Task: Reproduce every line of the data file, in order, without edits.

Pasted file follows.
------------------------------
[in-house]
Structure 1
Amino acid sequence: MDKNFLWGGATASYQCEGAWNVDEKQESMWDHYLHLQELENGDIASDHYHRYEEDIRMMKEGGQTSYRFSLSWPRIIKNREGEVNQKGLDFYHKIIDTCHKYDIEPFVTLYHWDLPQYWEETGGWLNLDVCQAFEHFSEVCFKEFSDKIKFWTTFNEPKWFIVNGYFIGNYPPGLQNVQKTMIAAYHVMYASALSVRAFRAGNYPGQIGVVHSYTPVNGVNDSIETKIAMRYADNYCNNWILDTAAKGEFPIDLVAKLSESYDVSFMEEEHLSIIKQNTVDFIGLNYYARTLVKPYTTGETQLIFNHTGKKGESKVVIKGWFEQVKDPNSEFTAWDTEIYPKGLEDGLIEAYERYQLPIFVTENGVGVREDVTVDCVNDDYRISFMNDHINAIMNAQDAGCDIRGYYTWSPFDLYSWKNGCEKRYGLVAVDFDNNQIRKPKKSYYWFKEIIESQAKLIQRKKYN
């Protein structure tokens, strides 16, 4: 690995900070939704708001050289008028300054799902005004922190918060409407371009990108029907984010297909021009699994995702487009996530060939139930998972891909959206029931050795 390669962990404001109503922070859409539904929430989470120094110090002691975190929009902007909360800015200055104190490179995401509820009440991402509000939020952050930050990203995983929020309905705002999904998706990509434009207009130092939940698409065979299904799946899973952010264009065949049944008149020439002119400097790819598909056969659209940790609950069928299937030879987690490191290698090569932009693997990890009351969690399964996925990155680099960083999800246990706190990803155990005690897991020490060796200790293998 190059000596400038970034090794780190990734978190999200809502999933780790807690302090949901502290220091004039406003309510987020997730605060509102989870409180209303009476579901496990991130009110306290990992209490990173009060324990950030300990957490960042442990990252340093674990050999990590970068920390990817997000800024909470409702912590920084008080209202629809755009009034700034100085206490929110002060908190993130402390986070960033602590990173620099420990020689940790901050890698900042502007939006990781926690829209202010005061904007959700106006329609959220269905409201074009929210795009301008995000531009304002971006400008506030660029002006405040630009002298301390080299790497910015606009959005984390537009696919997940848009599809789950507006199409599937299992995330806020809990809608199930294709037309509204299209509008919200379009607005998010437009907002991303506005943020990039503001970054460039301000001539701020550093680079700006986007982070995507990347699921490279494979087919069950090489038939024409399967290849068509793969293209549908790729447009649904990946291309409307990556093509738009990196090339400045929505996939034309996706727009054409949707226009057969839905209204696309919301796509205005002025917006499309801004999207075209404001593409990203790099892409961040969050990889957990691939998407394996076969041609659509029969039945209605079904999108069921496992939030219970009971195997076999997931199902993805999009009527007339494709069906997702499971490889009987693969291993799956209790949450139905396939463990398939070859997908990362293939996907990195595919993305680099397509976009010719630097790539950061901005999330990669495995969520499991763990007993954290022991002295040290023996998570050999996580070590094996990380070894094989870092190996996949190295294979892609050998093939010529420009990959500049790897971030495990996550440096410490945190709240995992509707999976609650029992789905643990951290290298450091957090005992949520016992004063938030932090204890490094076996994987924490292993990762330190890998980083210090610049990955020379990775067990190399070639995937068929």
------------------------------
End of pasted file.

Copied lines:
[in-house]
Structure 1
Amino acid sequence: MDKNFLWGGATASYQCEGAWNVDEKQESMWDHYLHLQELENGDIASDHYHRYEEDIRMMKEGGQTSYRFSLSWPRIIKNREGEVNQKGLDFYHKIIDTCHKYDIEPFVTLYHWDLPQYWEETGGWLNLDVCQAFEHFSEVCFKEFSDKIKFWTTFNEPKWFIVNGYFIGNYPPGLQNVQKTMIAAYHVMYASALSVRAFRAGNYPGQIGVVHSYTPVNGVNDSIETKIAMRYADNYCNNWILDTAAKGEFPIDLVAKLSESYDVSFMEEEHLSIIKQNTVDFIGLNYYARTLVKPYTTGETQLIFNHTGKKGESKVVIKGWFEQVKDPNSEFTAWDTEIYPKGLEDGLIEAYERYQLPIFVTENGVGVREDVTVDCVNDDYRISFMNDHINAIMNAQDAGCDIRGYYTWSPFDLYSWKNGCEKRYGLVAVDFDNNQIRKPKKSYYWFKEIIESQAKLIQRKKYN
């Protein structure tokens, strides 16, 4: 690995900070939704708001050289008028300054799902005004922190918060409407371009990108029907984010297909021009699994995702487009996530060939139930998972891909959206029931050795 390669962990404001109503922070859409539904929430989470120094110090002691975190929009902007909360800015200055104190490179995401509820009440991402509000939020952050930050990203995983929020309905705002999904998706990509434009207009130092939940698409065979299904799946899973952010264009065949049944008149020439002119400097790819598909056969659209940790609950069928299937030879987690490191290698090569932009693997990890009351969690399964996925990155680099960083999800246990706190990803155990005690897991020490060796200790293998 190059000596400038970034090794780190990734978190999200809502999933780790807690302090949901502290220091004039406003309510987020997730605060509102989870409180209303009476579901496990991130009110306290990992209490990173009060324990950030300990957490960042442990990252340093674990050999990590970068920390990817997000800024909470409702912590920084008080209202629809755009009034700034100085206490929110002060908190993130402390986070960033602590990173620099420990020689940790901050890698900042502007939006990781926690829209202010005061904007959700106006329609959220269905409201074009929210795009301008995000531009304002971006400008506030660029002006405040630009002298301390080299790497910015606009959005984390537009696919997940848009599809789950507006199409599937299992995330806020809990809608199930294709037309509204299209509008919200379009607005998010437009907002991303506005943020990039503001970054460039301000001539701020550093680079700006986007982070995507990347699921490279494979087919069950090489038939024409399967290849068509793969293209549908790729447009649904990946291309409307990556093509738009990196090339400045929505996939034309996706727009054409949707226009057969839905209204696309919301796509205005002025917006499309801004999207075209404001593409990203790099892409961040969050990889957990691939998407394996076969041609659509029969039945209605079904999108069921496992939030219970009971195997076999997931199902993805999009009527007339494709069906997702499971490889009987693969291993799956209790949450139905396939463990398939070859997908990362293939996907990195595919993305680099397509976009010719630097790539950061901005999330990669495995969520499991763990007993954290022991002295040290023996998570050999996580070590094996990380070894094989870092190996996949190295294979892609050998093939010529420009990959500049790897971030495990996550440096410490945190709240995992509707999976609650029992789905643990951290290298450091957090005992949520016992004063938030932090204890490094076996994987924490292993990762330190890998980083210090610049990955020379990775067990190399070639995937068929």